Tribology Letters

, 61:2 | Cite as

Characterization of Surface Topography from Small Images

  • Marcin WolskiEmail author
  • Pawel Podsiadlo
  • Gwidon W. Stachowiak
Original Paper


Detailed characterization of 3D engineering surface topographies is still an unresolved problem. The reasons are that the majority of the real surfaces are anisotropic and multi-scale, i.e. their directionality and roughness change with the measurement scales. To solve this problem, a variance orientation transform (VOT) method was developed. It calculates fractal dimensions at individual scales, i.e. it calculates the fractal signature (FS) in all possible directions, addressing, in this way, the problems of surfaces’ multi-scale and anisotropic nature. However, the VOT method is not suited for the analysis of image sizes that are smaller than 48 × 48 pixels (e.g. images of wear particles surfaces, small surface defects, etc.). To redress this problem the VOT method was augmented so that it can calculate FSs for all images including those with small sizes. Previous study showed that the augmented VOT (AVOT) method is accurate in the analysis of hand x-ray images where the bone texture images are small (20 × 20 pixels). However, its usefulness in analysing small images of engineering surfaces has not yet been investigated. In the current study, we use range-images of different sizes (20 × 20 and 30 × 30 pixels) of polished (isotropic) and ground (anisotropic) steel plates. When applied to images of steel surfaces of different topography, the AVOT method has detected minute changes at different scales, undetectable by other commonly used surface characterization methods, between the surfaces. The results show that the method can be a valuable tool in characterization of small images of 3D engineering surfaces.


Surface characterization Fractals Roughness Texture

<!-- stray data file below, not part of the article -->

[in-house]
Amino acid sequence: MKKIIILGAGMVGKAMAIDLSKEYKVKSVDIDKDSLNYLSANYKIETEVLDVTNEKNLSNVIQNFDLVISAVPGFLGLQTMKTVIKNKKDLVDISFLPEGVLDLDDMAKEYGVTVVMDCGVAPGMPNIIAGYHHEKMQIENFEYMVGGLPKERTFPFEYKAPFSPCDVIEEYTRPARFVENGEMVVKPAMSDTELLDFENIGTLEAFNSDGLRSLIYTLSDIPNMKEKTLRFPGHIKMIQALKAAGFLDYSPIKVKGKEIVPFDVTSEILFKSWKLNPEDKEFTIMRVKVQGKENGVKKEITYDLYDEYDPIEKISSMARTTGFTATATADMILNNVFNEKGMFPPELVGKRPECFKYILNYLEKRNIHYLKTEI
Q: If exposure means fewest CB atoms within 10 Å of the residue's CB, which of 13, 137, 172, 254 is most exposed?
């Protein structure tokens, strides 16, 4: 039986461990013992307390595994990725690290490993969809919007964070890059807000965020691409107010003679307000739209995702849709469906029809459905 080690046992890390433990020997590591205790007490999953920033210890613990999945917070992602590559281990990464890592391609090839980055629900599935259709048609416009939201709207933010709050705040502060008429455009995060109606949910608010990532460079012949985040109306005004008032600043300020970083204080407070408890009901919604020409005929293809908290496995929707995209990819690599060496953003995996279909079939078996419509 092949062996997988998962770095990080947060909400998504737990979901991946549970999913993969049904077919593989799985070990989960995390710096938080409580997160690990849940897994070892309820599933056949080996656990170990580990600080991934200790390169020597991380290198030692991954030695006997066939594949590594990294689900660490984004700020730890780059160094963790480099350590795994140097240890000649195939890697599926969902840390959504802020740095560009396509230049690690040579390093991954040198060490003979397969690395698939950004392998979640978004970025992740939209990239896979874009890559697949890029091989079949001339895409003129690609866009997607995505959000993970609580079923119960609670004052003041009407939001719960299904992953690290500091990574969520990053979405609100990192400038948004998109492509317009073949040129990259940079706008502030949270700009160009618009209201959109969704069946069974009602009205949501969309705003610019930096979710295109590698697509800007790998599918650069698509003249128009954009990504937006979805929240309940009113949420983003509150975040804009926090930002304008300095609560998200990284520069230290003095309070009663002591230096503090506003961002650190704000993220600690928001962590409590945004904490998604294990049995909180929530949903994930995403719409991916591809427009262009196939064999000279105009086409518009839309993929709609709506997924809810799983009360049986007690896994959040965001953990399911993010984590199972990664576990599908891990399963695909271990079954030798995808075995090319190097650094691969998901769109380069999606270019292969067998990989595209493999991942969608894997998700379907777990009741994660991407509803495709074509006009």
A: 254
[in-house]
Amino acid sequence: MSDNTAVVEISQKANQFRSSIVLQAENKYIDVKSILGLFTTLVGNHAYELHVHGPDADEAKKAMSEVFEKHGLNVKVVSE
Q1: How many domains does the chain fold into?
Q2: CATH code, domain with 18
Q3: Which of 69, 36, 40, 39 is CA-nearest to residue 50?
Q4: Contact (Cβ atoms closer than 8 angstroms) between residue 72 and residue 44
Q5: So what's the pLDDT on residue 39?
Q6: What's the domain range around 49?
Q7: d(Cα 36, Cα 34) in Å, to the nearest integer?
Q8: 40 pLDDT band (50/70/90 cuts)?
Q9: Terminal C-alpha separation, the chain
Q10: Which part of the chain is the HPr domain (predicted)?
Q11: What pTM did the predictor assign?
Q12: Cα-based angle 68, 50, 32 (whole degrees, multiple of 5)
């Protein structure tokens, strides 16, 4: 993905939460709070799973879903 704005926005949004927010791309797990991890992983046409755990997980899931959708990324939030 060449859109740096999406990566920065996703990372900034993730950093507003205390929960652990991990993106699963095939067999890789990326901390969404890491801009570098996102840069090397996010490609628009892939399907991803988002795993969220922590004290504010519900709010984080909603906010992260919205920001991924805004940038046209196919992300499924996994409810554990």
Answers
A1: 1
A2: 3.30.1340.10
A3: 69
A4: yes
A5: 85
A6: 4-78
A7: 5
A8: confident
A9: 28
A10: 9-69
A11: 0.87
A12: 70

Fractal dimension


Fractal signature


Variance orientation transform


Augmented VOT


Region of interest


Recursive multi-directional pixel selection


a, b

Major and minor axes of an ellipse


Confidence interval




Hurst coefficient

Iw, Ih (pixel)

Image width and height


Statistical significance

r1, r2 (pixel)

Inner and outer radii

Ra (μm)

Roughness average

Sa (μm)

Arithmetical mean height


Texture minor axis


Texture aspect ratio


Non-fractal texture aspect ratio

Std (°)

Fractal texture direction

Std (°)

Non-fractal texture direction


Standard deviation


Fractal signature S ta


Texture aspect ratio signature

StdS (°)

Texture direction signature

α (°)


θr (°)

Reference direction



The authors wish to thank the Curtin University, Department of Mechanical Engineering and the School of Civil and Mechanical Engineering for their support during preparation of the manuscript. The study was conducted as part of the Implementing Agreement on Advanced Material for Transportation Applications, Annex IV Integrated Engineered Surface Technology. The Implementing agreement functions within a framework created by the International Energy Agency (IEA). The views, findings, and publications of the AMT IA do not necessarily represent the views or policies of the IEA or of all of its individual member countries.


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Copyright information

© Springer Science+Business Media New York 2015

Authors and Affiliations

  • Marcin Wolski
    • 1
    Email author
  • Pawel Podsiadlo
    • 1
  • Gwidon W. Stachowiak
    • 1
  1. 1.Tribology Laboratory, Department of Mechanical Engineering, School of Civil and Mechanical EngineeringCurtin UniversityPerthAustralia

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